Architects working in England’s heritage sector can apply to a new £2 million Covid-19 emergency response fund for help safeguarding their business
Historic England has launched the new funding to help tackle the impact of coronavirus on heritage organisations.
It comes after a survey of the sector by the governent’s heritage watchdog found that more than 40 per cent of craft workers and professionals such as architects, engineers and surveyors predict their business will fail within three months, even if they get government support.
According to Historic England, 24,000 architects, engineers and quantity surveyors work in England’s heritage sector, which generates an estimated £7.1 billion in gross value added to the economy.
Duncan Wilson, chief executive of Historic England, told the AJ: ‘What we don’t want is to lose that skills base from our sector, particularly but not exclusively, conservation architects and people with expertise with working with heritage, and not to get it back.’
Historic England’s survey of 799 heritage organisations found that nearly 80 per cent had lost business in the short term, while nearly 60 per cent had postponed or cancelled income-generating events. The research revealed that the impact of the pandemic is being particularly felt by organisations with 10 employees or fewer.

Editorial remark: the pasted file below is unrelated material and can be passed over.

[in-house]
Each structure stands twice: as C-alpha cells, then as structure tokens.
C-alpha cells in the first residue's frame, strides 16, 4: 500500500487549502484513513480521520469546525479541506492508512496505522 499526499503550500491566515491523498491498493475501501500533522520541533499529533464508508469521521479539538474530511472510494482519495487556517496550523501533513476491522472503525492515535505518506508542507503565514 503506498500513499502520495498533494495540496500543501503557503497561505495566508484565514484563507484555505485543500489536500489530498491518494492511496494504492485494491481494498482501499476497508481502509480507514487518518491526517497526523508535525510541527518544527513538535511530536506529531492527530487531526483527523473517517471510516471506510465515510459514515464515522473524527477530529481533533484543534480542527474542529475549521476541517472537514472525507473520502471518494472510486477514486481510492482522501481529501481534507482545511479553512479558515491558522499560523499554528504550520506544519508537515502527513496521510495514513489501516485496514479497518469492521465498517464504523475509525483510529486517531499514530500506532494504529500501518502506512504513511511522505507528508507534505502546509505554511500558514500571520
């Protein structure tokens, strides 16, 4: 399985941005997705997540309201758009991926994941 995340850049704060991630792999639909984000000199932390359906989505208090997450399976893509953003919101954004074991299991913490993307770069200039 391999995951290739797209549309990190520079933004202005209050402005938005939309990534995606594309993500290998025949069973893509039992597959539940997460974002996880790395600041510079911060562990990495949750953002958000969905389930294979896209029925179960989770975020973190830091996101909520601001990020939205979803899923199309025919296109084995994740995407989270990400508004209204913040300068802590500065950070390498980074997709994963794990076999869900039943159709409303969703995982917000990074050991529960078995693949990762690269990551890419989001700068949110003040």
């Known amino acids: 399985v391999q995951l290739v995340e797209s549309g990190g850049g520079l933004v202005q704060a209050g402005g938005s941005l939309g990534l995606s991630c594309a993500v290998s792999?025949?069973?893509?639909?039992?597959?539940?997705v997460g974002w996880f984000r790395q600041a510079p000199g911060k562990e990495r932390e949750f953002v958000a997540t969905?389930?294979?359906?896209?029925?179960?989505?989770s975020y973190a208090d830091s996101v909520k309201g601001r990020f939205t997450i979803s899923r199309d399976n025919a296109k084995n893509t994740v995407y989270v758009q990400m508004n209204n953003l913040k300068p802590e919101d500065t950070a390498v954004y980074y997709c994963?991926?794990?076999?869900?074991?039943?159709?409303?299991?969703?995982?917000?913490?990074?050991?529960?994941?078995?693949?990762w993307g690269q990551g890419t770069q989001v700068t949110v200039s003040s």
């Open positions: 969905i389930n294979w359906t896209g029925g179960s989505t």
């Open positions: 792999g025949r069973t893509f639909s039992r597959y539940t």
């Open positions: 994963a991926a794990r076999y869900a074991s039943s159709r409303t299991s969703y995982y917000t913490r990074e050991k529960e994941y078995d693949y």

The new emergency fund is open to heritage organisations, self-employed contractors, third-sector organisations and voluntary groups in need of short-term financial support to ensure their survival, with grants of up to £25,000 available. Grants of £50,000 are available for projects and activities that reduce risks to heritage by providing information, resources and skills.
The support is designed to complement existing government measures such as the Job Retention Scheme and the National Lottery Heritage Fund’s £50 million emergency fund, announced earlier this month.
When people are allowed to go out again, they will want to visit heritage sites
Wilson said: ‘There is no denying [the current situation] is incredibly challenging in a way none of us have seen before. We do think heritage is really important to the recovery [from the pandemic] – partly economically, but also in terms of quality of life and all those things we were talking about that heritage could add.’ These include making a positive contribution to mental health.
Wilson added that when people are allowed to go out again, they will want to visit heritage sites, which ‘a lot of architects spend a lot of time trying to regenerate and conserve’.
The deadline for applications to the emergency fund is midnight on 3 May, with funding awarded to successful applicants from mid-May.